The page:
- Frill Lizards in Ty the Tasmanian Tiger, along with their beefed-up counterparts, Über Frills.
- Lizardmen were introduced to the Might and Magic verse with Heroes of Might and Magic III 's Fortress town. They were a minor antagonist (annexing some border-regions of Erathia), but not evil (not doing anything more evil than, well, taking advantage of the chaos to annex some border-regions). Two lizardmen cultures were shown before the world blew up: Tatalia (represented by Heroes' Fortress town), a gnoll-lizardman-human swamp state currently ruled by a lizardman king, and the slightly less important Dagger Wound Islands lizardmen, who live on a set of islands that also houses a mysterious and ancient temple infested with various snake-critters (lizardmen also inhabited Enroth's south-eastern regions, but they did not appear to have much of a culture)...
- Lizardmen show up one of the enemy types in Tales of Legendia. There are some rather silly variants, like one donning a baker costume that tries to give you a Baguette Beatdown, and a blindfolded, stick wielding one in a swimsuit who's accompanied by a killer watermelon.
- In Lords Of Magic the Water faction gets two units of these, Lizardmen and Slingers. Clearly suggesting it came about before the days of people saying Lizardfolk instead of Lizardmen, the Slingers are male, while the Lizardmen are female.
- Evil Islands: The most dangerous regular enemies in Gipath.
- Thunderscape: Rapacians are one of PC races (good guys, in other words). They are man-sized civilized bipedal lizards. Another PC race is ferrans — Petting Zoo People who were genetically engineered as slaves but gained freedom long since. Ferrans can be based on any mammal, bird or reptile, the only in-game difference is the portrait. In the novels there are also nagas (evil, but usually opposed to Big Bad).
- The Lizards of Divinity: Dragon Commander are an aristocratic and high-class race who favor logic and pragmatism above all else. They're one of the more liberal races in the game, though the lizard general Edmund is a rather stuffy sort who can't help but talk down to the other races.
- The Amalj'aa race in Final Fantasy XIV are portrayed as a warrior tribe that live a nomadic lifestyle. The Amalj'aa easily dwarf the common races of Eorzea by a good headcount and are extremely muscular from the waist up. Most of the Amalj'aa are shown as worshipers of Ifrit and they kidnap people to use them as mindless servants for their god. However, there are also a small group of Amalj'aa known as the Brotherhood of Ash that do not worship Ifrit and wish to preserve their old way of life as a noble warrior tribe while fighting their own zealot kin.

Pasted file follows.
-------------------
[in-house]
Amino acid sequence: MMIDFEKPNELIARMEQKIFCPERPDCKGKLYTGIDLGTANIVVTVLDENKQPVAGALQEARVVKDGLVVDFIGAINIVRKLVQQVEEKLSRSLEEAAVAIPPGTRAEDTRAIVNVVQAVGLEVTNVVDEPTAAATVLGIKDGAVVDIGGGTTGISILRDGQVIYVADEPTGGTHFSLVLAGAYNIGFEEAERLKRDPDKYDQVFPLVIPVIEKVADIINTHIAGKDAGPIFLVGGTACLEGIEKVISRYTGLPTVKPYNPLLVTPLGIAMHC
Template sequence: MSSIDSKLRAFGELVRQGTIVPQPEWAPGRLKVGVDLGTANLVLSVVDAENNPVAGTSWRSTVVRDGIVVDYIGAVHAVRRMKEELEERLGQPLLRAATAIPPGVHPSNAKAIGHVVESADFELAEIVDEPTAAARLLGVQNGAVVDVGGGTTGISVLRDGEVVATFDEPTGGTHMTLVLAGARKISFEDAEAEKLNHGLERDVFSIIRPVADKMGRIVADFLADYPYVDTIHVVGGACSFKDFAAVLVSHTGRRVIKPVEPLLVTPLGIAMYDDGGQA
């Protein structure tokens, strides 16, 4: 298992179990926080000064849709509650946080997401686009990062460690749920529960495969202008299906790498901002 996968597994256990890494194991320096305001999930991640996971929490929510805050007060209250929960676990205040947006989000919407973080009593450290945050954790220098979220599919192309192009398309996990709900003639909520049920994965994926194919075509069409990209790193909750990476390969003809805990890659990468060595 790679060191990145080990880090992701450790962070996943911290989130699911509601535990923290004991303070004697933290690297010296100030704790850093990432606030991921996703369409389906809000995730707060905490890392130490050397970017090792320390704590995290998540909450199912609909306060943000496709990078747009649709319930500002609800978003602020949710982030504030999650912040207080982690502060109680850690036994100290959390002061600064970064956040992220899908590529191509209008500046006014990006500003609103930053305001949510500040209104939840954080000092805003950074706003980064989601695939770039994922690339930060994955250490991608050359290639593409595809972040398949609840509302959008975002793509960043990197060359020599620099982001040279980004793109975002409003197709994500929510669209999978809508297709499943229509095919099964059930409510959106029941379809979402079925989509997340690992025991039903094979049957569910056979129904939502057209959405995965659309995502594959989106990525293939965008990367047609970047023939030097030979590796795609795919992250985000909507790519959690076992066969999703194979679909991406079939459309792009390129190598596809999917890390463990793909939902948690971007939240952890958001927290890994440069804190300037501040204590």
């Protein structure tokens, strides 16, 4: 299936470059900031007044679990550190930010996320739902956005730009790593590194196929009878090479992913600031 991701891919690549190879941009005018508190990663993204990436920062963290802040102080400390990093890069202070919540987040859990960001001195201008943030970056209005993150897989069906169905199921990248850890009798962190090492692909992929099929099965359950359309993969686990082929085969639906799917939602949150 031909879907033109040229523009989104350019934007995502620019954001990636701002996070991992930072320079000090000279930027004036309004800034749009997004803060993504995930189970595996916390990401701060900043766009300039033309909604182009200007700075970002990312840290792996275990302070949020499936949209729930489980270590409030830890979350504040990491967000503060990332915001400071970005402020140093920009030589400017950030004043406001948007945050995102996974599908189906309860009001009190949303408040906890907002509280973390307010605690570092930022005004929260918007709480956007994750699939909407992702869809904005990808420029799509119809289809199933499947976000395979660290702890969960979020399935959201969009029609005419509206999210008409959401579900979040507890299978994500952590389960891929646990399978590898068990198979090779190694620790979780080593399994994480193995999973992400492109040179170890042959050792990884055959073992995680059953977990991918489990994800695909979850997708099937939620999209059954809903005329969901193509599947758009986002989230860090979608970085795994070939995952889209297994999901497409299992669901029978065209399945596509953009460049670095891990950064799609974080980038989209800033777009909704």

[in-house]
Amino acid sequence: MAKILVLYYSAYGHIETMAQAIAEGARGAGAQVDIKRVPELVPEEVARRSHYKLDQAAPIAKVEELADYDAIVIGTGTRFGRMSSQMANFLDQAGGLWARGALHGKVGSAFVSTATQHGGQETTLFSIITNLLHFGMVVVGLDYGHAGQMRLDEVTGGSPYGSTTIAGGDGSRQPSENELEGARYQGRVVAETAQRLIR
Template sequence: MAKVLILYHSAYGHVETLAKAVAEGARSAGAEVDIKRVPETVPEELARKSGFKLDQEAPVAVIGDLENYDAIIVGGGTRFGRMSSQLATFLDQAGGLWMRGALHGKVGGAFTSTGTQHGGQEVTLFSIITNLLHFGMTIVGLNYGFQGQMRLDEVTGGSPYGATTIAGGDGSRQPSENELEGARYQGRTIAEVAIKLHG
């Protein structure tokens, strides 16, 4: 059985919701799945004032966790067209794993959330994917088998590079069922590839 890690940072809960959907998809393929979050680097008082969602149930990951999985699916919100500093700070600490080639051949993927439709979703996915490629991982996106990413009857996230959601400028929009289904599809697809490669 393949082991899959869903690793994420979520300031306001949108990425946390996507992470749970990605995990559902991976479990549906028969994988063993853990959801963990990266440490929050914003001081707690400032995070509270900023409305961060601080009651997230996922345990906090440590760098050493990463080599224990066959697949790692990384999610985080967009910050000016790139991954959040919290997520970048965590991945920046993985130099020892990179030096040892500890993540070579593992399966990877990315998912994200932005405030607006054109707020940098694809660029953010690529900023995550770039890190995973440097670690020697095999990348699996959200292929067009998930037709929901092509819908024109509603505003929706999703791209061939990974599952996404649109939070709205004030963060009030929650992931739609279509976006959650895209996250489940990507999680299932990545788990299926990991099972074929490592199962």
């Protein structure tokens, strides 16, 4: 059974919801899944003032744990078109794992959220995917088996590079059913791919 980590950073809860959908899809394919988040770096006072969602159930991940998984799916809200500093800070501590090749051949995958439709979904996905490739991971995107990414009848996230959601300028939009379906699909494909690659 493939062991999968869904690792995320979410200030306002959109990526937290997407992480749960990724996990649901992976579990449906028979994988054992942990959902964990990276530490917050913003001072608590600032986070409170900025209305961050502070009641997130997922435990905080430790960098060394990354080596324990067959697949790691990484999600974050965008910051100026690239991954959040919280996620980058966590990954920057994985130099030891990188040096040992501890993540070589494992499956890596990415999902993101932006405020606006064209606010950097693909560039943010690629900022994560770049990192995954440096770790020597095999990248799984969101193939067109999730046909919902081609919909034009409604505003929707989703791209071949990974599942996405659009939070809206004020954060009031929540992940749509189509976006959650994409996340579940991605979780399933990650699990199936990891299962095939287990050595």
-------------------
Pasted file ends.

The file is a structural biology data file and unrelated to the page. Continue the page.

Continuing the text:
- Being a Standard Fantasy Setting, there are Lizardfolk in the Fantasy subset of Irregular Webcomic!. We don't see much of the civilization though, the most we know is that Draak is serving as a mercenary to support his home. He's also pretty smart and articulate, just not in common.
- The Tsung Dao from Harkovast are a peaceful race of lizard-folk, making them a subversion of this trope, but there is one exception...
- The Urrt of The Challengesof Zona
- The Galapados from Terinu, justified in that they were genetically engineered from Galapagos Lava Lizards to serve as cannon fodder for the Big Bad.
- The Order of the Stick is a Dungeons & Dragons parody, so no surprise that this race eventually shows up. They seem to be common minions in the Empire of Blood. Roy also brings up the "lizardmen - lizardfolk" changeover, with Belkar quipping that "the lizard-feminists must be so proud of you."
- The prequel book Start of Darkness also featured a tribe of swamp-dwelling lizardfolk.
- The Mansion of E has (cave-dwelling) Troglodytes and (forest-dwelling) Saurs.
- Agamidians are one of the three races of Holystone. The villainous implications are averted, as they're largely treated like normal people who happen to be more cold-blooded and prickly than others.
- The Mipedians in Chaotic are actually fairly decent and honorable Lizard Folk, compared to the other tribes in the setting. They're desert dwelling, have wise members, and generally aren't a given episode's aggressor's, having even been the subject of at least one episode proving false Beauty Equals Goodness and Reptiles Are Abhorrent. Peyton is actually on very good terms with the entire tribe (and possibly some of the insectoid Danian's as well), more so than Tom, Kaz, and Sara with the Overworlders, Underworlders, and Danians respectively.
- He-Man and the Masters of the Universe (1983) occasionally featured Lizard Man, a friendly and helpful character, though not much of a fighter. Good for getting into a second-story window, though.
- The Justice League episode "Eclipsed" has the Ophidians, who fought humanity "before cities, before writing", and whose spirits now form Sealed Evil in a Can. They're clearly meant as an Alternate Company Equivalent of Conan's Serpent Men.
- ThunderCats (2011) series has the Lizards, led by Slithe.
- Chase Young from Xiaolin Showdown, who actually can turn into a lizard man.
- The Gavinians in Dogstar. Gemma ends up joining the crew of the Valiant.